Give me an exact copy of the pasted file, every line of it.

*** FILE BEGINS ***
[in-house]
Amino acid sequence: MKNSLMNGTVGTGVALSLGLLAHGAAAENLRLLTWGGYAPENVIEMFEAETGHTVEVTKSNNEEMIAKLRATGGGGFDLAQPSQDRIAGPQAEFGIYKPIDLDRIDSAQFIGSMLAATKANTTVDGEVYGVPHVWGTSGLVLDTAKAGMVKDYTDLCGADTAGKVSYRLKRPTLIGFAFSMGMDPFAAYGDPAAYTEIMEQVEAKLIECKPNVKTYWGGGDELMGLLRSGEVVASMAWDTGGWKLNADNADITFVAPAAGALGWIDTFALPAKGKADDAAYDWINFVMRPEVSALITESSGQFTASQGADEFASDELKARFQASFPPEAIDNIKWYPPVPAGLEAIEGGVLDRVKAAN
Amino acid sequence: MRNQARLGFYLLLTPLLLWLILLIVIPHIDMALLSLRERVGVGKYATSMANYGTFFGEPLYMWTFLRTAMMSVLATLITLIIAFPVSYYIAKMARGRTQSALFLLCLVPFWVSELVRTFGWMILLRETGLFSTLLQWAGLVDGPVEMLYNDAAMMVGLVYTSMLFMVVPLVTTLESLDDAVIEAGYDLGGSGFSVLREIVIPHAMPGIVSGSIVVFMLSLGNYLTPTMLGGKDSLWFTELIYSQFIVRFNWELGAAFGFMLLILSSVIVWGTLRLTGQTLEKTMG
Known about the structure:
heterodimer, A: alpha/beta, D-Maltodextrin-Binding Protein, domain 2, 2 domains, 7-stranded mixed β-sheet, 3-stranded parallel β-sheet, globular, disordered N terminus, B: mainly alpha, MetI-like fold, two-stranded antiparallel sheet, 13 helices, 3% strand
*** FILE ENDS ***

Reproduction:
[in-house]
Amino acid sequence: MKNSLMNGTVGTGVALSLGLLAHGAAAENLRLLTWGGYAPENVIEMFEAETGHTVEVTKSNNEEMIAKLRATGGGGFDLAQPSQDRIAGPQAEFGIYKPIDLDRIDSAQFIGSMLAATKANTTVDGEVYGVPHVWGTSGLVLDTAKAGMVKDYTDLCGADTAGKVSYRLKRPTLIGFAFSMGMDPFAAYGDPAAYTEIMEQVEAKLIECKPNVKTYWGGGDELMGLLRSGEVVASMAWDTGGWKLNADNADITFVAPAAGALGWIDTFALPAKGKADDAAYDWINFVMRPEVSALITESSGQFTASQGADEFASDELKARFQASFPPEAIDNIKWYPPVPAGLEAIEGGVLDRVKAAN
Amino acid sequence: MRNQARLGFYLLLTPLLLWLILLIVIPHIDMALLSLRERVGVGKYATSMANYGTFFGEPLYMWTFLRTAMMSVLATLITLIIAFPVSYYIAKMARGRTQSALFLLCLVPFWVSELVRTFGWMILLRETGLFSTLLQWAGLVDGPVEMLYNDAAMMVGLVYTSMLFMVVPLVTTLESLDDAVIEAGYDLGGSGFSVLREIVIPHAMPGIVSGSIVVFMLSLGNYLTPTMLGGKDSLWFTELIYSQFIVRFNWELGAAFGFMLLILSSVIVWGTLRLTGQTLEKTMG
Known about the structure:
heterodimer, A: alpha/beta, D-Maltodextrin-Binding Protein, domain 2, 2 domains, 7-stranded mixed β-sheet, 3-stranded parallel β-sheet, globular, disordered N terminus, B: mainly alpha, MetI-like fold, two-stranded antiparallel sheet, 13 helices, 3% strand